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Keith Bradbury

Durham Squab Pie

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Durham Squab Pie is a lamb dish that makes you want to stoke up the fire and settle down for the evening. Originally, many, many years ago it was made using the (humble and much maligned) pigeon, which is what squab means. In culinary terminology, squab is a young domestic pigeon or its meat. The meat is widely described as tasting like dark chicken-though seemingly everything is when folk are stuck for a comparison! The term is probably of Scandinavian origin; the Swedish word ‘skvabb’ means “loose, fat flesh”. It formerly applied to all dove and pigeon species, such as the Wood Pigeon, the Mourning Dove, and the now-extinct and wonderfully named, Passenger Pigeon, and to their meat. More recently, squab meat comes almost entirely from domesticated pigeons. Anyway, the dish I cook uses lamb or mutton chops. Squab pies would have had pie crusts top and bottom but mine uses sliced potatoes to line the buttered casserole dish. it is scrumptious...

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Durham Squab Pie 0 Picture

Ingredients

  • Butter
  • two large cooking apples
  • large onion
  • tbsp brown sugar
  • 5 medium sized potatoes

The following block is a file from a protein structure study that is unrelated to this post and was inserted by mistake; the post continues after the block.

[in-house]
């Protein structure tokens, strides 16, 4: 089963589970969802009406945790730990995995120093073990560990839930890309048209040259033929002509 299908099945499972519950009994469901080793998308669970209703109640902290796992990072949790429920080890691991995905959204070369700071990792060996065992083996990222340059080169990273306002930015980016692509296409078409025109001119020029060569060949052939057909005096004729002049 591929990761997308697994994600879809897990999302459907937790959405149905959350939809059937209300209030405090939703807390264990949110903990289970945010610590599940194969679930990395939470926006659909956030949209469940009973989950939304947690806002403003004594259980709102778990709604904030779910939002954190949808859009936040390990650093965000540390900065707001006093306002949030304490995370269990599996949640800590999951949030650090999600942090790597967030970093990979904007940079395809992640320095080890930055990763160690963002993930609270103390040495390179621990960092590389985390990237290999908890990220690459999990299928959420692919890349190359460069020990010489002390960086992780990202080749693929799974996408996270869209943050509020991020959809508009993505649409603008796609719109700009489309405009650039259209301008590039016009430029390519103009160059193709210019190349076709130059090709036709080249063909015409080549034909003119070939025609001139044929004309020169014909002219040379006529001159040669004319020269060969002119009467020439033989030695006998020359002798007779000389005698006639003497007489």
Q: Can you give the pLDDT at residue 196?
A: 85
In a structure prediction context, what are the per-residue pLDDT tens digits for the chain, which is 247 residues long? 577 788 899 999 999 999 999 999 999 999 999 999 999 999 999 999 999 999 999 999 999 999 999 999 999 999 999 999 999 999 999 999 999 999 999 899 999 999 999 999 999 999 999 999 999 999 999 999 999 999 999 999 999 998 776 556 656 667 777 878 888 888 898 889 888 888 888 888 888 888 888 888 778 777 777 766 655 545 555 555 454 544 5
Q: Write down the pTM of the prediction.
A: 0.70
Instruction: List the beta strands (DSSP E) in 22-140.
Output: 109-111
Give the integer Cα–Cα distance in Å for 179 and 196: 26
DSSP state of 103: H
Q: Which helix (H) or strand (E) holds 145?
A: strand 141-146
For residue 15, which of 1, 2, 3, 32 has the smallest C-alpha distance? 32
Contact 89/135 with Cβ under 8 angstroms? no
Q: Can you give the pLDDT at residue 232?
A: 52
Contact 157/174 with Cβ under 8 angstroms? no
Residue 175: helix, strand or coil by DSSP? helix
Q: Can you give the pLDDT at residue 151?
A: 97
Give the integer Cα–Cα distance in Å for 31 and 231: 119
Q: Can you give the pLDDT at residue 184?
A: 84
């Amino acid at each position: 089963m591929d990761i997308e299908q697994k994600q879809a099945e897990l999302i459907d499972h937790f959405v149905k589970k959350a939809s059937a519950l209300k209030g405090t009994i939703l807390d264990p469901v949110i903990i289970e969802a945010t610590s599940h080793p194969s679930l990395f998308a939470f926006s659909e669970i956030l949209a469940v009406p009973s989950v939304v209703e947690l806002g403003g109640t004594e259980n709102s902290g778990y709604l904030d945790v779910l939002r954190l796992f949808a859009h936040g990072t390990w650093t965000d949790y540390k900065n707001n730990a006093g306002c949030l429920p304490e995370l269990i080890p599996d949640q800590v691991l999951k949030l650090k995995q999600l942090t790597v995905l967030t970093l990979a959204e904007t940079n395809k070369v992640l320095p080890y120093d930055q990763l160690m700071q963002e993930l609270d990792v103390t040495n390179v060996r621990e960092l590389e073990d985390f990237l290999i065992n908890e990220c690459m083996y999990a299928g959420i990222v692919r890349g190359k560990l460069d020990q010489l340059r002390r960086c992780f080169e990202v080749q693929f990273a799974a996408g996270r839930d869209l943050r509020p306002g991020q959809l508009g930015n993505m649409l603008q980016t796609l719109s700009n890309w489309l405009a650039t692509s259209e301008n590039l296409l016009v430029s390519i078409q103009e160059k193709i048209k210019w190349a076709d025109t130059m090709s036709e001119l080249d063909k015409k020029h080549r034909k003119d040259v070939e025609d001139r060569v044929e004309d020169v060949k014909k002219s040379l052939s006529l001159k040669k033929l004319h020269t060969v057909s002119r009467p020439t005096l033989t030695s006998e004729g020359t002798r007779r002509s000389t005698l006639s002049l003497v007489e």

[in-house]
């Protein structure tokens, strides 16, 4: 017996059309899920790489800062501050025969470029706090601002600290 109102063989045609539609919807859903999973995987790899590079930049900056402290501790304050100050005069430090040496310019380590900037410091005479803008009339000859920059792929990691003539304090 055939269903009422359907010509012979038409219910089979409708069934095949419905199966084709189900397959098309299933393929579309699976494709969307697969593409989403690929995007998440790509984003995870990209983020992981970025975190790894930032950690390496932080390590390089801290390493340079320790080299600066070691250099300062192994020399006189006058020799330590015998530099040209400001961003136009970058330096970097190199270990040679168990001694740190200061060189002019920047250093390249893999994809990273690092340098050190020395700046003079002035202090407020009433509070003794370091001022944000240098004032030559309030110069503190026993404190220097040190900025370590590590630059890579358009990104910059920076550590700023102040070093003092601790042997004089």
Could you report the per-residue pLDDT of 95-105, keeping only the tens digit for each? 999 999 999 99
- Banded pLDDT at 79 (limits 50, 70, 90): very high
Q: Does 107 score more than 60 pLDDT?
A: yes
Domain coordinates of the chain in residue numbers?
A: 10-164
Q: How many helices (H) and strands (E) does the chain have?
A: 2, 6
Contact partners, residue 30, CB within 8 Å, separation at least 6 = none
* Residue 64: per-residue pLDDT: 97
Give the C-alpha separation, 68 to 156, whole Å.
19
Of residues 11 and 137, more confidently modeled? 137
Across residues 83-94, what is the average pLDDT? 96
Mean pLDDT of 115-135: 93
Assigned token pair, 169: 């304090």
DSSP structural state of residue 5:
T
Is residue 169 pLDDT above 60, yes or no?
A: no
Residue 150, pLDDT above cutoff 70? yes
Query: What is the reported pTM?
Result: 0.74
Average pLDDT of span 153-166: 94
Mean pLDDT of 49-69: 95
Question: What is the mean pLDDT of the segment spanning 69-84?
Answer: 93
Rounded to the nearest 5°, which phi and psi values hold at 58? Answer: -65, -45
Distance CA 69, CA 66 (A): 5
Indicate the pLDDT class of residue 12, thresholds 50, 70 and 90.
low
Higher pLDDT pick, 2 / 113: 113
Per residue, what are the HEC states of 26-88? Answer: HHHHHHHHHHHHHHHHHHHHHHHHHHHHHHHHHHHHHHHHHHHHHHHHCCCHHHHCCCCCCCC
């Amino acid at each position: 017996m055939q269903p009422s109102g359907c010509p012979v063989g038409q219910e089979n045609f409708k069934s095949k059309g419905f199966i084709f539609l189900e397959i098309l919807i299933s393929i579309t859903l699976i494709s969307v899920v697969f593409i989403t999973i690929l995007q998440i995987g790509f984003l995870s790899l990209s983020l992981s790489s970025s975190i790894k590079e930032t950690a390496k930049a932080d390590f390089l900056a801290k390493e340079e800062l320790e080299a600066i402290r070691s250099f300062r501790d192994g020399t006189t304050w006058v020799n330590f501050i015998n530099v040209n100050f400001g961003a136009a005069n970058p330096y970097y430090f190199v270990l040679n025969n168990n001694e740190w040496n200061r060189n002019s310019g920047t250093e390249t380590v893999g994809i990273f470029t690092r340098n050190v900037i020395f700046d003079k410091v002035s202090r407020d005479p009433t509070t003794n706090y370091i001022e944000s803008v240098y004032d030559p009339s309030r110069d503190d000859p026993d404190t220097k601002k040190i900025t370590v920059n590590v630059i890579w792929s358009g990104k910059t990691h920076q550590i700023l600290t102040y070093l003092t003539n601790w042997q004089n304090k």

• 8 lamb or mutton chops
  • 1 litre of chicken stock
  • black pepper
  • salt

Details

servings 4
Level of difficulty Average
Preparation time 10mins
Cooking time 60mins
Cost Average budget

Preparation

Step 1

Lightly pan fry the chops in oil until brown then lay to one side. You’ll probably need twelve for 4 people.

Add a knob of butter to the pan and fry a couple of sliced cooking apples with a sliced onion and a tablespoon of brown sugar.

Peel around 4 or 5 medium potatoes – King Edward’s preferably, or just whites will do – then slice them thinly – about the width of a pound coin – no wider.

Butter a casserole dish and line the bottom with half the potato slices, allowing them to overlap slightly.

Lie the chops on the bed of potato slices, then sprinkle generously some fresh rosemary over them. A grind too of a little rock salt and lots of black pepper.

When the apple mixture has been lightly browned, add to the chops and top up with chicken stock until just over the top of the chops- a litre should be more than enough.

Then add another layer of sliced potatoes over the top. Add a knob of butter.

Pop in a preheated oven at about 160 degrees centigrade for an hour.

Great with sprouts or kale. Needs some good bread to mop up juices afterwards!

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Leave a comment about this recipe

Love this! So good when it's cold outside and I need me some nice food!

Commented by

Is there a picture? I'd love to make this! Look like it's a very hearty, warming dish to share with the family!

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